Sunday, January 9, 2011

The Gatineau Escarpment & The Steele Line with Tony Beck

Jan 4, 8:00am

Today, to start the New Year, we had a good crowd out. There were Bob, Peter, Rick, Jeremy and his British friends, Martin & Judy and, of course, Tony & Nina.

At our first stop, we were trailing along chatting about birding trips, when Tony suddenly took off into the underbrush. He had heard a bunch of Black-capped Chickadees giving their alarm call, and figured t was worth investigating. Sure enough, he soon spotted a Northern Saw-whet Owl perched low in the branches. It was a lifer for Nina, Martin and Judy. Nina got the only decent photo. Here it is.
The only other excitement was a Hairy Woodpecker, but Rick said afterwards that he saw a Downy Woodpecker and a White-breasted Nuthatch too.

We headed out Hwy 148 and stopped at Elm Road where Nina had spotted a Northern Hawk Owl the previous week. No action. So we continued along Hwy 148 until Tony spotted an adult Bald Eagle perched on a tree at the back of a field. We scoped it for awhile and also saw a distant Red-tailed Hawk. Then we spotted a reddish Coyote in the adjacent field.
Suddenly the Eagle flew over and attacked the Coyote. It made a second pass, but this time the Coyote was ready, and leaped into the air to repel the Eagle. What a sight! The tactics worked as the Eagle returned to its perch while the Coyote slinked off to join its comrades in the woods at the edge of the field.

After that excitement, we turned down Terrien Road and scanned the escarpment for more eagles. We saw none, but there was a whole mob of Blue Jays, making quite a racket. We investigated, but they did not seem focused on any one spot, so we figured they were not on a raptor.

We headed for the restaurant for a coffee and bathroom break. Outside, at the back, at feeders, there were House Sparrows, American Goldfinches, more Blue Jays, and a single Dark-eyed Junco.

We proceeded down the Eardley-Masham Road, stopping to check out some feeders, where Rick had spotted some White-winged Crossbills before Christmas. Nothing this time but Blue Jays and Chickadees.

We carried on and stopped before the escarpment to scope the hills for raptors. Judy saw two Common Ravens together in a tree up on top of the ridge. With the naked eye, they looked like one large raptor. Nina spotted a flock of 15 to 20 Wild Turkeys just inside the bush.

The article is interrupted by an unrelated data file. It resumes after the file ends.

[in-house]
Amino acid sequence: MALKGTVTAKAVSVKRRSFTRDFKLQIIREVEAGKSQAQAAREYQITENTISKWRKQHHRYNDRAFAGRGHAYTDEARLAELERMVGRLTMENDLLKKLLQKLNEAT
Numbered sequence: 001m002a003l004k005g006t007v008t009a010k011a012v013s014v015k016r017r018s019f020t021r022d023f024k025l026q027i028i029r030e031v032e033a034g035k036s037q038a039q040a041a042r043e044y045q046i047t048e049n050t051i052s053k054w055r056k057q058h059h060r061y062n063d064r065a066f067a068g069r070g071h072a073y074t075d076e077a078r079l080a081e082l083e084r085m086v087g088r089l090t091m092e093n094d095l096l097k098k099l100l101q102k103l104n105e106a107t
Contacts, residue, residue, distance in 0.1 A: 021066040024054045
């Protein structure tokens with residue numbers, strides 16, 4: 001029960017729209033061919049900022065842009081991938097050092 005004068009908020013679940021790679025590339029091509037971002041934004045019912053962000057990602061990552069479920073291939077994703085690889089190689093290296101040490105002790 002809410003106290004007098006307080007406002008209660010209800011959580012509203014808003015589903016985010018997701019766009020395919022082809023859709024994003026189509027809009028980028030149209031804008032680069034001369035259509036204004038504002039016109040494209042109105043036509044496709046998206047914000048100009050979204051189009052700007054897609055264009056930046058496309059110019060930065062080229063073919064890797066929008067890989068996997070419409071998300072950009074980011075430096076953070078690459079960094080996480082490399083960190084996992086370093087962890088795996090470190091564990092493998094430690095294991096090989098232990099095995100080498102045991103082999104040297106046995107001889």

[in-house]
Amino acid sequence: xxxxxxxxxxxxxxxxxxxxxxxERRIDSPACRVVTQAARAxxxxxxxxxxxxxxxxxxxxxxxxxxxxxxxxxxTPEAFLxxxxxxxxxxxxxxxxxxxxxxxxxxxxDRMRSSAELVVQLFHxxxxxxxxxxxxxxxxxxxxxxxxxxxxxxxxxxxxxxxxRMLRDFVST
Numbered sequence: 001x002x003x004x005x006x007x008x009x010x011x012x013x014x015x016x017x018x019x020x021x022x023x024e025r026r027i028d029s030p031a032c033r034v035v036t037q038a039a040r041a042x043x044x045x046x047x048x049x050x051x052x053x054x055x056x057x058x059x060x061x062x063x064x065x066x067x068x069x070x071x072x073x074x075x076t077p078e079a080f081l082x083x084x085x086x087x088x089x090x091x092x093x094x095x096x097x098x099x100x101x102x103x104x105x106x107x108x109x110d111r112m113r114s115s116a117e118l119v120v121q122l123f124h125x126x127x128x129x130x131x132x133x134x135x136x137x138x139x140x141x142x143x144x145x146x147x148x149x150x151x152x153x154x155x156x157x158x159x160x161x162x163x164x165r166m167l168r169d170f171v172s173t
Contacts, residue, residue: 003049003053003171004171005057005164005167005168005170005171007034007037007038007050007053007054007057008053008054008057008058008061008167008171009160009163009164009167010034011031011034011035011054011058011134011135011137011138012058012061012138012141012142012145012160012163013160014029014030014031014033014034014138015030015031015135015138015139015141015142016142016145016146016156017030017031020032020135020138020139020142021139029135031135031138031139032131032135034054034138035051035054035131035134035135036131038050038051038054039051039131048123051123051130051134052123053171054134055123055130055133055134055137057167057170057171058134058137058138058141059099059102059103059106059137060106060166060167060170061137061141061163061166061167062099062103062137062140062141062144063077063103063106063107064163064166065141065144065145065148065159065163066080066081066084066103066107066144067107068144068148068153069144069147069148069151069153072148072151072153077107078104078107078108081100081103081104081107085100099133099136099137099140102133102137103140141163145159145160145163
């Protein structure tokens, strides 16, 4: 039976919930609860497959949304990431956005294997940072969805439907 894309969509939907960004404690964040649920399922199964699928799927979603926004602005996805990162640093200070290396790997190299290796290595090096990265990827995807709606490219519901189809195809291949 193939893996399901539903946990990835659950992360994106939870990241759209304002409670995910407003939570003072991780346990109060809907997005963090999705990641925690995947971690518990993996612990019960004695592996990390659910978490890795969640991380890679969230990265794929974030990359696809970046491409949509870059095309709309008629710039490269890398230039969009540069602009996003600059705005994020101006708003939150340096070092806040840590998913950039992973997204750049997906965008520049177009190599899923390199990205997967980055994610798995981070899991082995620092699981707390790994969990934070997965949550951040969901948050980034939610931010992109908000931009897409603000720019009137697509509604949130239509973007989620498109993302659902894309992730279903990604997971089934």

We travelled up the hill into the Gatineau Park, and made three stops without netting anything. (Later we met John Dubois, and he saw 8 Pine Grosbeaks on the road, shortly after we had passed). We went back down and stopped along Bradley when we saw another Red-tailed Hawk. We looked at the house where Evening Grosbeaks had been present last year, but there were none. Also, the owner had erected a board fence to block the view of the new home across the street, which also blocked our view of the feeders.

We carried on to the Steele Line. We were the third car in line, so we did not see the Golden Eagle that the others saw briefly. It seemed to have gone to ground, so we spent quite a while driving back and forth trying in vain to relocate it. However, we did see two more Bald Eagles in the process. This is when John Dubois stopped and gave us directions to a different Northern Hawk Owl.
We went to the end of Steele Line and tuned on to Lac des Loups to check the feeders there. We did see an American Tree Sparrow and a Red-breasted Nuthatch, so it was worthwhile.

By this time, we needed another break and some food, so we drove into Quyon to a d├ępanneur and got some sandwiches, chips and so on to see us through. Tony could not resist returning briefly to Steele Line to look for the Golden Eagle – no luck, just Mourning Doves, House Sparrows and yet another Bald Eagle.

We returned to Breckinridge to look for the Hawk Owl, and there it was. It was skittish, and moved from tree to hydro pole to another tree. Nina and I tried for photos, but we were unable to get close. John stopped by again and enjoyed our success. He was curious about the Northern Saw-whet Owl, so my car led him back to the spot.
Our tracks had filled in with the light snow, so we had difficulty finding the spot. We knew we were close, so looked all around, but were unable to relocate the owl for John.

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